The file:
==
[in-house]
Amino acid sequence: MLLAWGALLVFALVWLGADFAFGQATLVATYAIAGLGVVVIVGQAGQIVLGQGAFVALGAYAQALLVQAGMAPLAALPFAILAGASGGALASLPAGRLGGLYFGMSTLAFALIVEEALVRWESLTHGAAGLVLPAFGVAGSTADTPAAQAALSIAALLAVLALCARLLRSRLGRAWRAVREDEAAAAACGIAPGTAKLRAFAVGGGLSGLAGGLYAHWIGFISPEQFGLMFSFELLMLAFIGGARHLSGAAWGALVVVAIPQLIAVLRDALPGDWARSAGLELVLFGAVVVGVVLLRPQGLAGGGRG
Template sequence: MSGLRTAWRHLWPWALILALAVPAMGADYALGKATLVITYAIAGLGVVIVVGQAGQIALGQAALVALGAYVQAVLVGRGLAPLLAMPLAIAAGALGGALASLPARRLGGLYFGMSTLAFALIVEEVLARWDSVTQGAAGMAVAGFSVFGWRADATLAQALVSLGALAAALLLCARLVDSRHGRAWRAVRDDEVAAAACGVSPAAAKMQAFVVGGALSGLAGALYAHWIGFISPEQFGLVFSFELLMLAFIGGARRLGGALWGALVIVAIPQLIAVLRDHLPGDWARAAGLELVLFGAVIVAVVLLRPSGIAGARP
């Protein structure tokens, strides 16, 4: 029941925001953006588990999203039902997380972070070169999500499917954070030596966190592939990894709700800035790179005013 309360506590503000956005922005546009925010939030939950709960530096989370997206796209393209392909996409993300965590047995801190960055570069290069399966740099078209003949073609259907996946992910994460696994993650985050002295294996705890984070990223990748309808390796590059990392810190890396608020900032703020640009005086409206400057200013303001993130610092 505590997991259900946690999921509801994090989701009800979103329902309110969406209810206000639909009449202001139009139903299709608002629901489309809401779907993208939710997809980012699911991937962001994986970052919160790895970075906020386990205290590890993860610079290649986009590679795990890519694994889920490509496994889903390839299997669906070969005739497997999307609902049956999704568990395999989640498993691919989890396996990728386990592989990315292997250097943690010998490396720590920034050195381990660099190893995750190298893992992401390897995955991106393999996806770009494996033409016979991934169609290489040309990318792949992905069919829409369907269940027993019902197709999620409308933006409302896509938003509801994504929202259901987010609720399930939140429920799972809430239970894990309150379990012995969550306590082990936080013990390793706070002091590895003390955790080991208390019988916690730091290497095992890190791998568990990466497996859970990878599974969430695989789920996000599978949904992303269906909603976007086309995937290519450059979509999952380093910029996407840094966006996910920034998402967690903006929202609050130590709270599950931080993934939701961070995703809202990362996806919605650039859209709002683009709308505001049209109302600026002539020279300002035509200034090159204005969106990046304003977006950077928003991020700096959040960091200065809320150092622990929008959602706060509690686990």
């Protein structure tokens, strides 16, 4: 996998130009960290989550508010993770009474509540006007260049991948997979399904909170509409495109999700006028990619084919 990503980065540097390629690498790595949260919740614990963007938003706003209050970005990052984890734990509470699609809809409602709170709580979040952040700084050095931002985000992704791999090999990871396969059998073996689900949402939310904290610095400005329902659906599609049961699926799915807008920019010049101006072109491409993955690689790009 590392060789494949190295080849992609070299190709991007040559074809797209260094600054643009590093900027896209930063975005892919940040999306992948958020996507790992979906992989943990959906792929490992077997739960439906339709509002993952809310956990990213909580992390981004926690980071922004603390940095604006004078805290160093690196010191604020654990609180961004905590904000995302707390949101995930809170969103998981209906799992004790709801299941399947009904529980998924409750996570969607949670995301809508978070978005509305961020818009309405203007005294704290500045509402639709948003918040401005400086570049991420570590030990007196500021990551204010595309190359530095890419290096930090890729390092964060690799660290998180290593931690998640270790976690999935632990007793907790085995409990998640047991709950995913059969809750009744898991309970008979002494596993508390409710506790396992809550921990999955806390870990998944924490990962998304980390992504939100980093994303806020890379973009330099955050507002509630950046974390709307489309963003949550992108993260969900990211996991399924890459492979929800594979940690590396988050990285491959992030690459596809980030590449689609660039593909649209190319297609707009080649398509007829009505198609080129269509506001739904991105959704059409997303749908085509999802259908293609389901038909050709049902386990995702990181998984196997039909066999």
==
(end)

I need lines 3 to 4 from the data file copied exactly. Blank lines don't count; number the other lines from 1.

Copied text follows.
Template sequence: MSGLRTAWRHLWPWALILALAVPAMGADYALGKATLVITYAIAGLGVVIVVGQAGQIALGQAALVALGAYVQAVLVGRGLAPLLAMPLAIAAGALGGALASLPARRLGGLYFGMSTLAFALIVEEVLARWDSVTQGAAGMAVAGFSVFGWRADATLAQALVSLGALAAALLLCARLVDSRHGRAWRAVRDDEVAAAACGVSPAAAKMQAFVVGGALSGLAGALYAHWIGFISPEQFGLVFSFELLMLAFIGGARRLGGALWGALVIVAIPQLIAVLRDHLPGDWARAAGLELVLFGAVIVAVVLLRPSGIAGARP
């Protein structure tokens, strides 16, 4: 029941925001953006588990999203039902997380972070070169999500499917954070030596966190592939990894709700800035790179005013 309360506590503000956005922005546009925010939030939950709960530096989370997206796209393209392909996409993300965590047995801190960055570069290069399966740099078209003949073609259907996946992910994460696994993650985050002295294996705890984070990223990748309808390796590059990392810190890396608020900032703020640009005086409206400057200013303001993130610092 505590997991259900946690999921509801994090989701009800979103329902309110969406209810206000639909009449202001139009139903299709608002629901489309809401779907993208939710997809980012699911991937962001994986970052919160790895970075906020386990205290590890993860610079290649986009590679795990890519694994889920490509496994889903390839299997669906070969005739497997999307609902049956999704568990395999989640498993691919989890396996990728386990592989990315292997250097943690010998490396720590920034050195381990660099190893995750190298893992992401390897995955991106393999996806770009494996033409016979991934169609290489040309990318792949992905069919829409369907269940027993019902197709999620409308933006409302896509938003509801994504929202259901987010609720399930939140429920799972809430239970894990309150379990012995969550306590082990936080013990390793706070002091590895003390955790080991208390019988916690730091290497095992890190791998568990990466497996859970990878599974969430695989789920996000599978949904992303269906909603976007086309995937290519450059979509999952380093910029996407840094966006996910920034998402967690903006929202609050130590709270599950931080993934939701961070995703809202990362996806919605650039859209709002683009709308505001049209109302600026002539020279300002035509200034090159204005969106990046304003977006950077928003991020700096959040960091200065809320150092622990929008959602706060509690686990």